Skip to Main Content

Yale University - James McPartland, PhD

Principal Investigator, Collaborating Implementation Site Co-Director
Photo by Robert A. Lisak
James McPartland, PhD

As a clinical psychologist who directs the Yale Developmental Disabilities Clinic, James McPartland, Ph.D., spends a lot of time with patients with autism. He uses that experience as a neuroscientist to design experiments to understand how the brain works and how development of children with autism differs from typical development.

Dr. McPartland’s research is focused on understanding the way people with autism process social information by using electroencephalography (EEG) to detect electrical activity in the brain. He published the first study to show that people with autism process faces with decreased efficiency and has continued this work to examin autistic development before behavioral symptoms emerge in infants who have a higher risk for autism spectrum disorder (ASD).

One of the challenges in conducting this type of research is to create ways of measuring brain activity in real life social situations. Dr. McPartland has worked with Yale cognitive scientist Adam Naples, Ph.D., to create realistic avatars that respond to eye contact to show that there is a specific brain marker for eye contact, a new finding. A video game in which participants are rewarded for making eye contact at the appropriate time illustrates his efforts to not just understand brain activity, but also shape behavior.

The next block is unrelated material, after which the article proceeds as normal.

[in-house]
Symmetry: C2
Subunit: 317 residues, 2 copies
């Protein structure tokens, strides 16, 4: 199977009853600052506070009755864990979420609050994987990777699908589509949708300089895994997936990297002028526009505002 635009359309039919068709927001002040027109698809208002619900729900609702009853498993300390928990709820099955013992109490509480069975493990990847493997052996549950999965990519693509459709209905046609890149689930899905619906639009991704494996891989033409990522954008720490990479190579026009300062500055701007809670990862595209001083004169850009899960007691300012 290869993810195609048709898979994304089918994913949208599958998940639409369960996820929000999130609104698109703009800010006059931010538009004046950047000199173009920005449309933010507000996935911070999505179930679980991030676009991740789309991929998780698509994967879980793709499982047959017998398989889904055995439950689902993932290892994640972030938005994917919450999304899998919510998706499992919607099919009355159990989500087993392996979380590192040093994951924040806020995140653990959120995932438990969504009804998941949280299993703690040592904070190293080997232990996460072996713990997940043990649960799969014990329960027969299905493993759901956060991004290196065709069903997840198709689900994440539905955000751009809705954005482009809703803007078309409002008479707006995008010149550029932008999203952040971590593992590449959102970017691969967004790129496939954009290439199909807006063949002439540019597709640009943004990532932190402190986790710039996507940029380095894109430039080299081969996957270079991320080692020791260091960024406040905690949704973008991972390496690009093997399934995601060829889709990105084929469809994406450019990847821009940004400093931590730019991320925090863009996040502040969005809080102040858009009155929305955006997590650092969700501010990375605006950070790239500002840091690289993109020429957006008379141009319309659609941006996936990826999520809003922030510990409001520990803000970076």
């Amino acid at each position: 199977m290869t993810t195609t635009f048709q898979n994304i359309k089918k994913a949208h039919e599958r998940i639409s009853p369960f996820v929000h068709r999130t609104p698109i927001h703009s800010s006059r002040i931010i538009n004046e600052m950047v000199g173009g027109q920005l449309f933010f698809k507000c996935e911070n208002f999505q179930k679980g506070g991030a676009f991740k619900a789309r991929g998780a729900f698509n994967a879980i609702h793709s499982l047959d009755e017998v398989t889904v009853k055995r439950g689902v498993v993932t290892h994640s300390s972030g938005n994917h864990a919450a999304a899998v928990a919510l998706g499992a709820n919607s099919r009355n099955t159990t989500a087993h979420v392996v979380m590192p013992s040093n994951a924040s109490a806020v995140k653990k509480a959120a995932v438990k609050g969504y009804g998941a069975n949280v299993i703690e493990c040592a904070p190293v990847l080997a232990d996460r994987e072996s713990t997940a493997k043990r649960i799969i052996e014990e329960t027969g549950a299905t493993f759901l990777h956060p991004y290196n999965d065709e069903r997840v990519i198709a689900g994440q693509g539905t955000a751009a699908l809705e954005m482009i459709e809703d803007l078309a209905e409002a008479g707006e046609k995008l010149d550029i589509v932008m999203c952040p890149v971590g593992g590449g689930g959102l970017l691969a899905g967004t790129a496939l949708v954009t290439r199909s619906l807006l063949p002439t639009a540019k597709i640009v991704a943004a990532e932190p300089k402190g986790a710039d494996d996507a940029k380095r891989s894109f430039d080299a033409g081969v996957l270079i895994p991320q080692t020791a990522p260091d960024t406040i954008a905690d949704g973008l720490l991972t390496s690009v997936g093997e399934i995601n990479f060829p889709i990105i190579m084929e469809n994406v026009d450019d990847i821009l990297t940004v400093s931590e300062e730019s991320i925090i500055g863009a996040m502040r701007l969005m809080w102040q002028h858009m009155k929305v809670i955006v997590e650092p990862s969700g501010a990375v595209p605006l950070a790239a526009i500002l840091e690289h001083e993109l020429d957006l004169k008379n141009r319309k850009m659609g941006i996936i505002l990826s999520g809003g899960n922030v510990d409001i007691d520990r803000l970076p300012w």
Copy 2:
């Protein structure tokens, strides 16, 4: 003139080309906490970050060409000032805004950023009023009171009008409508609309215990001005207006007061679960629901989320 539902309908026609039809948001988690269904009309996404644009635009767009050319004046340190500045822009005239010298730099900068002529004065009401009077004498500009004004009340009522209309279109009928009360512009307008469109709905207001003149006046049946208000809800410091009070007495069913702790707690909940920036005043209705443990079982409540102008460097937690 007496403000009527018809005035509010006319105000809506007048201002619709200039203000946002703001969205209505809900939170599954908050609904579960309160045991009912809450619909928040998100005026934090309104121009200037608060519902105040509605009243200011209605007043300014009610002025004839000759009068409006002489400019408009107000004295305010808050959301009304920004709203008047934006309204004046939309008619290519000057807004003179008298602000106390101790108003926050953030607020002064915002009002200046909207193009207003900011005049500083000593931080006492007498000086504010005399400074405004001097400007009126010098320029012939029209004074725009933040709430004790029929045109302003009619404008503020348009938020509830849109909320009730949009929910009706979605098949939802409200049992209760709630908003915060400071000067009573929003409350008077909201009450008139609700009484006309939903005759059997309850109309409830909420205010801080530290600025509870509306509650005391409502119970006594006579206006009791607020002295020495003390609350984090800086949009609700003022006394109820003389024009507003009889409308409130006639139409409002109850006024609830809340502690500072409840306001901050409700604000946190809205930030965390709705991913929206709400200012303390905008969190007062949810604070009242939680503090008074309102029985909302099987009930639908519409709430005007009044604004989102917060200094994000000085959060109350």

The Autism Biomarkers Consortium for Clinical Trials is a large scale longitudinal multi-site research study based at Yale that spans Duke University, Boston Children’s Hospital, University of Washington/Seattle Children’s Research Institute and the University of California, Los Angeles. The network will develop a battery of electrophysiological, eye tracking, and behavioral tools to measure social function and communication in people with autism.

Click here to learn more about Dr. McPartland

Click here to learn more about Dr. McPartland's research